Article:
NLM healing totem journey – Fort Totten blessing

Fort Totten, ND (Sept. 20, 2011) – On a chilly, rainy, windy day, the Spirit Lake Nation and Cankdeska Cikana Community College were warm and generous hosts to the healing totem pole travelers.

Two Spirit Lake elders, Eugene Hale and Aileen Littleghost, offered blessings for the healing totem pole journey and all the travelers. The blessing ceremony was held in the auditorium of the tribal college. The flatbed truck carrying the 20-foot totem was parked just outside the auditorium door.

    The healing totem’s greeting from the Spirit Lake Nation

    (Photo: courtesy of Shana Potash)

Two smaller totems that will eventually be attached to benches accompanying the healing totem were brought into the auditorium and placed in the front of the room. The totem travelers were called up to the front of the room and were blessed, along with the smaller totem and the healing totem outside. After the ceremony, all local attendees lined up and greeted each traveler.

It seemed fitting that a totem pole, carved with stories from the sacred teachings of elders, was blessed at a tribal place of education while on its way to the National Library of Medicine (NLM). Knowledge, information, and learning were brought up numerous times in talks preceding the blessing.

     Healing totem truck parked at Fort Totten

      (Photo: courtesy of Shana Potash)

Cynthia Lindquist, Ph.D., the college president, welcomed the group. Lindquist noted she has been friend of NLM for years and praised the Library as a national resource. (Dr. Lindquist helped NLM organize some ‘Listening Circles’ with Native American tribes several years ago that led to the ‘Native Voices’ exhibition. She is a member of the exhibition’s advisory board).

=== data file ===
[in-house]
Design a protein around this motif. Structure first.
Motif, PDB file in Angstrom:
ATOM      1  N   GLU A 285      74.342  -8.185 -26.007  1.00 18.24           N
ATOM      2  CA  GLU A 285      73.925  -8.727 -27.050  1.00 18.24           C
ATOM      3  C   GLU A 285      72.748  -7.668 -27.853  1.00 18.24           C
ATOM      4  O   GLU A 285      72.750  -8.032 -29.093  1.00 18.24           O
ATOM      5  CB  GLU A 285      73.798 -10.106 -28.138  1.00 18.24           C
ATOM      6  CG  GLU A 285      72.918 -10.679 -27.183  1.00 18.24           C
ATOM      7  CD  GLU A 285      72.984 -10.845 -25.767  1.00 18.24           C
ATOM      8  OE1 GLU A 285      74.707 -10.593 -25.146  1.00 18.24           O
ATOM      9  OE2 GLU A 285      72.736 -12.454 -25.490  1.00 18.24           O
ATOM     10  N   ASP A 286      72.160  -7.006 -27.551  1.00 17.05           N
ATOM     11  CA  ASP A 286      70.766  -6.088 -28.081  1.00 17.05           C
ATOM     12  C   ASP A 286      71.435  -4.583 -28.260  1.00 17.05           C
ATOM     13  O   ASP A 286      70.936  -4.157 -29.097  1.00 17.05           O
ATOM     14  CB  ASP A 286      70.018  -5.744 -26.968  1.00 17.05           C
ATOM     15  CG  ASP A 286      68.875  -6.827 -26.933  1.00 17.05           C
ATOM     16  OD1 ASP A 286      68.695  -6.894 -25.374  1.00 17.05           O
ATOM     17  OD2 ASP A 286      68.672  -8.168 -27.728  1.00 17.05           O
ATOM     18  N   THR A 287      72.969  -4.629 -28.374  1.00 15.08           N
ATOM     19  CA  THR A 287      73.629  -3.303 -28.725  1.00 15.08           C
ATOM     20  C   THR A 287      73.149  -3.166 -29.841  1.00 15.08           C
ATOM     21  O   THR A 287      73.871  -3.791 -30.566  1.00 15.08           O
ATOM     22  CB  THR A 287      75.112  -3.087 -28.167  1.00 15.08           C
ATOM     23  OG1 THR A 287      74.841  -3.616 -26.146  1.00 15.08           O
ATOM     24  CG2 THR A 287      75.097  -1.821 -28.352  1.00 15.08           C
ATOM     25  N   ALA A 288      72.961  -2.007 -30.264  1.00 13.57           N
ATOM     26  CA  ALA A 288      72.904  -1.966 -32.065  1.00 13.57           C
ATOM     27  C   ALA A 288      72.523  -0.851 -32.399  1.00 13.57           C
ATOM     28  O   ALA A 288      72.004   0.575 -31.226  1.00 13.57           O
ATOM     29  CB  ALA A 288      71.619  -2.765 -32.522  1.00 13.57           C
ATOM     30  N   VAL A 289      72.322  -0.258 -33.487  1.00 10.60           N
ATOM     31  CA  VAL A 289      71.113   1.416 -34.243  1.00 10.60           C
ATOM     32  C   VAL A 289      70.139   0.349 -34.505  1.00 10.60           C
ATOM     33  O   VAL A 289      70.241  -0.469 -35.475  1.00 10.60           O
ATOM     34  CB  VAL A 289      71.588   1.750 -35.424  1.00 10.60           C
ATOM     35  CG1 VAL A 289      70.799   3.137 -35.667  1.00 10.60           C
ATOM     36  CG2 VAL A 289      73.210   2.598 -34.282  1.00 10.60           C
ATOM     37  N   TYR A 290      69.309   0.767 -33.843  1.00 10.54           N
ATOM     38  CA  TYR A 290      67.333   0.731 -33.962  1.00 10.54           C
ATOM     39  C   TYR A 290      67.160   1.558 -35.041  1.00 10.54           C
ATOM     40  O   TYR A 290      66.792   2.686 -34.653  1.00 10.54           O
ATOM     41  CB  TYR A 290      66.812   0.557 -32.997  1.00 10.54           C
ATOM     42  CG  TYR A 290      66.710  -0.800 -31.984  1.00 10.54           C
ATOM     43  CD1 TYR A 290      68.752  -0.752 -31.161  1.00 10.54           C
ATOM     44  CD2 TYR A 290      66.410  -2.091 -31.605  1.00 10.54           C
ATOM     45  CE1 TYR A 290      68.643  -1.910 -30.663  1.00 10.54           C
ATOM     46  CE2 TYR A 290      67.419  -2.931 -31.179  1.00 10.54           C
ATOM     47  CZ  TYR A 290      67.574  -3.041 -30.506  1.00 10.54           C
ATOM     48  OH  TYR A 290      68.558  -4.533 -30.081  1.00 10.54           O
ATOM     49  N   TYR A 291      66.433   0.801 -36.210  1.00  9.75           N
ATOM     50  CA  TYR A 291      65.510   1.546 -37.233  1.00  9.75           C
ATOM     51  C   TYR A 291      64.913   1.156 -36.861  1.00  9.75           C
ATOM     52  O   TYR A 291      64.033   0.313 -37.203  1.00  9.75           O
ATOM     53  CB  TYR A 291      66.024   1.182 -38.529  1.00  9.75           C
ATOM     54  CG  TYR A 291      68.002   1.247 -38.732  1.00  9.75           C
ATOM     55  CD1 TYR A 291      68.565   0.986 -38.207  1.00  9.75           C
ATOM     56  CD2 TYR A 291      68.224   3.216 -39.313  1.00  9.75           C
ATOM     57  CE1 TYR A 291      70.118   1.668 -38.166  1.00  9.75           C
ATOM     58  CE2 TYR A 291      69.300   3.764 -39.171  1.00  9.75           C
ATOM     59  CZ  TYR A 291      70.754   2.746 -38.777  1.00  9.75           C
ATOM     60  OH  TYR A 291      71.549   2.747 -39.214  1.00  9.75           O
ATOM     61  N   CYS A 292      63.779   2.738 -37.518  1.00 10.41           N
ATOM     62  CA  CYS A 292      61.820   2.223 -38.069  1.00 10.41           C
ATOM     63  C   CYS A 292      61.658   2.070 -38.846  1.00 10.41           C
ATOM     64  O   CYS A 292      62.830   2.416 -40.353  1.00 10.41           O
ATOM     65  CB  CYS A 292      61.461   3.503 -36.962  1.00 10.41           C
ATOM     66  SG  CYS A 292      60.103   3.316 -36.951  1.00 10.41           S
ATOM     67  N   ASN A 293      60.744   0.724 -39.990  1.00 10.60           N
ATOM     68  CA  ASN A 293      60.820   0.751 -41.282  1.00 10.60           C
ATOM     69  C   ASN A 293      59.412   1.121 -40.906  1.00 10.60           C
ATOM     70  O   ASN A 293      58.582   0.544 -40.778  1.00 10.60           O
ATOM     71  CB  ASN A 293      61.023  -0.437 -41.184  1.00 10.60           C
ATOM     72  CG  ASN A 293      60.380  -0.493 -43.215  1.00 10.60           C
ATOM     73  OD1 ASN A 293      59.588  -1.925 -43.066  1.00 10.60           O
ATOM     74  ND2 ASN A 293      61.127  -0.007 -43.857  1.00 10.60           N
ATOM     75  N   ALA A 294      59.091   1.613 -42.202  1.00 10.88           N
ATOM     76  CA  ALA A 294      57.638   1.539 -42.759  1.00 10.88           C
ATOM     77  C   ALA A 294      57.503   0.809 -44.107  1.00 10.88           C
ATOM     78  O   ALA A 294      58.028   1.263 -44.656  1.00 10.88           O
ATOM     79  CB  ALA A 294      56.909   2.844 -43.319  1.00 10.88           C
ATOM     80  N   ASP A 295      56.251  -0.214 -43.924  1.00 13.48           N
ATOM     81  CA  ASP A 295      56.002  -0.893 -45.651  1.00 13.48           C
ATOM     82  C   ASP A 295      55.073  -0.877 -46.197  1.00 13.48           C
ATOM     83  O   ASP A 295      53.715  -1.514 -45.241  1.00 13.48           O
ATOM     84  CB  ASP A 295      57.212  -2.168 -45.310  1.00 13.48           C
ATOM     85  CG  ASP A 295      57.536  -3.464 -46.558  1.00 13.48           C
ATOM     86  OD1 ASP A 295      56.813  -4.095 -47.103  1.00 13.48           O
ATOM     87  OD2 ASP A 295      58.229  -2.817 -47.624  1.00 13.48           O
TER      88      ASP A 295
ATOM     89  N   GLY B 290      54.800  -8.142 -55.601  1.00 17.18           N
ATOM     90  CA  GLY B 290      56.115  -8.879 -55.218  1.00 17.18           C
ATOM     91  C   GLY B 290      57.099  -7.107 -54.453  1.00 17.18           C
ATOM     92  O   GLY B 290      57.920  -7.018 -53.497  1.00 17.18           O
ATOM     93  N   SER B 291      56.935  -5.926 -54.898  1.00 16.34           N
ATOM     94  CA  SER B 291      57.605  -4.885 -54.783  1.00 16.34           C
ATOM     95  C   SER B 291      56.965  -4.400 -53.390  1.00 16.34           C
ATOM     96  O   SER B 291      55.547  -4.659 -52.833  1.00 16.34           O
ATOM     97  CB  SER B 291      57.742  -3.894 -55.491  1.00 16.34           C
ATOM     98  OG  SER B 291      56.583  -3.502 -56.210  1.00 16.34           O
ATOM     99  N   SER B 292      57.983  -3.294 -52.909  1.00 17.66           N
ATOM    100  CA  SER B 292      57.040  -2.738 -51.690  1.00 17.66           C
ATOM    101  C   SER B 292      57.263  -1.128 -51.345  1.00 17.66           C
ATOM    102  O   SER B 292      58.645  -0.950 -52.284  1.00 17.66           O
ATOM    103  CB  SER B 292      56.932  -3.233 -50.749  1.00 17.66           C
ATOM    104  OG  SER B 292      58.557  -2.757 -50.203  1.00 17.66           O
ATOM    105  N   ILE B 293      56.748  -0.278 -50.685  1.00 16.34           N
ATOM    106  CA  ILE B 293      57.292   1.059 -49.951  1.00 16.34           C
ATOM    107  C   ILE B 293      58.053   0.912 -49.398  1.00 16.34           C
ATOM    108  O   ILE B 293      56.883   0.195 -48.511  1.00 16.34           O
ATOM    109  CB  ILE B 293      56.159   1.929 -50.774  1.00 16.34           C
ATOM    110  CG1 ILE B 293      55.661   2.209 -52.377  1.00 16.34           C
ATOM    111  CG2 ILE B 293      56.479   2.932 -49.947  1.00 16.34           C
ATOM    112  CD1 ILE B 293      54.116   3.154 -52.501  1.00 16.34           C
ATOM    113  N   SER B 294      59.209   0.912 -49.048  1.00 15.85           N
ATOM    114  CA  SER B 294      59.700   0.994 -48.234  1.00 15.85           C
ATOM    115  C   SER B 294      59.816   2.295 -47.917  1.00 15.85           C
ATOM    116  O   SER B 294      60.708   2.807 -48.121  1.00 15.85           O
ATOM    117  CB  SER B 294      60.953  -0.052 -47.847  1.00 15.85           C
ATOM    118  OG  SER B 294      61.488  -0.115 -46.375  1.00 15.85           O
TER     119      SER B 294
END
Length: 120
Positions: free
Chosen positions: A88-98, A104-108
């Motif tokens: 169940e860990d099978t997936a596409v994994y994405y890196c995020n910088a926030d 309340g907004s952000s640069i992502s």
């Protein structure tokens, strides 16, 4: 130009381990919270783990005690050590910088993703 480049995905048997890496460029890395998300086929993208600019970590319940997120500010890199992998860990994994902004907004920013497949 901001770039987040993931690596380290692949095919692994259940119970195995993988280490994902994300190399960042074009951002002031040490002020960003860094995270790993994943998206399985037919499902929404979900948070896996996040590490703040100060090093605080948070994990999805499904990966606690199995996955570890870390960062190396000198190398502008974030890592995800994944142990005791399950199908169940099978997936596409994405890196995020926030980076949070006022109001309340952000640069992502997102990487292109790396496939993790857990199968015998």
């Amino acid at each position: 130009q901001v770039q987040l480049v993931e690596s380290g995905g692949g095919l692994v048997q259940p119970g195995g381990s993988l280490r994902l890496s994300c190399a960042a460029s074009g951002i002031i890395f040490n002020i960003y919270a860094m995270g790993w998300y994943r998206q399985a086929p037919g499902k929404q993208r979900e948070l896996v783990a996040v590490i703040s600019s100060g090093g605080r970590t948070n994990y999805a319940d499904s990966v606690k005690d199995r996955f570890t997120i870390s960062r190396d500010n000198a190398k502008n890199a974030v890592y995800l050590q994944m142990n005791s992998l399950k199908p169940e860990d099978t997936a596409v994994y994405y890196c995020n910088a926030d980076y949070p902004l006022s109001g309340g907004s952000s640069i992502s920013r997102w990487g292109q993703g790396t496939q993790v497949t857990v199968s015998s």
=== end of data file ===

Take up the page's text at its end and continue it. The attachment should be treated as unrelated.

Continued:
“When you find people who can learn and listen, they are good people and you hold onto them as friends,” Dr. Lindquest said.

Master Carver Jewell James made repeated references to knowledge. He noted there are students traveling with the totem and documenting the journey to “protect the knowledge of Native communities.”

“We can’t lose ourselves,” James told the gathering as he described the symbols and stories on the totem, taken from the teachings of elders determined to make sure knowledge was passed on. “We come together today to share information and love, and carry it across the nation.”

Update: The Grand Forks, ND Herald covered part of the healing totem’s journey. To read their story:

Shana Potash

National Library of Medicine


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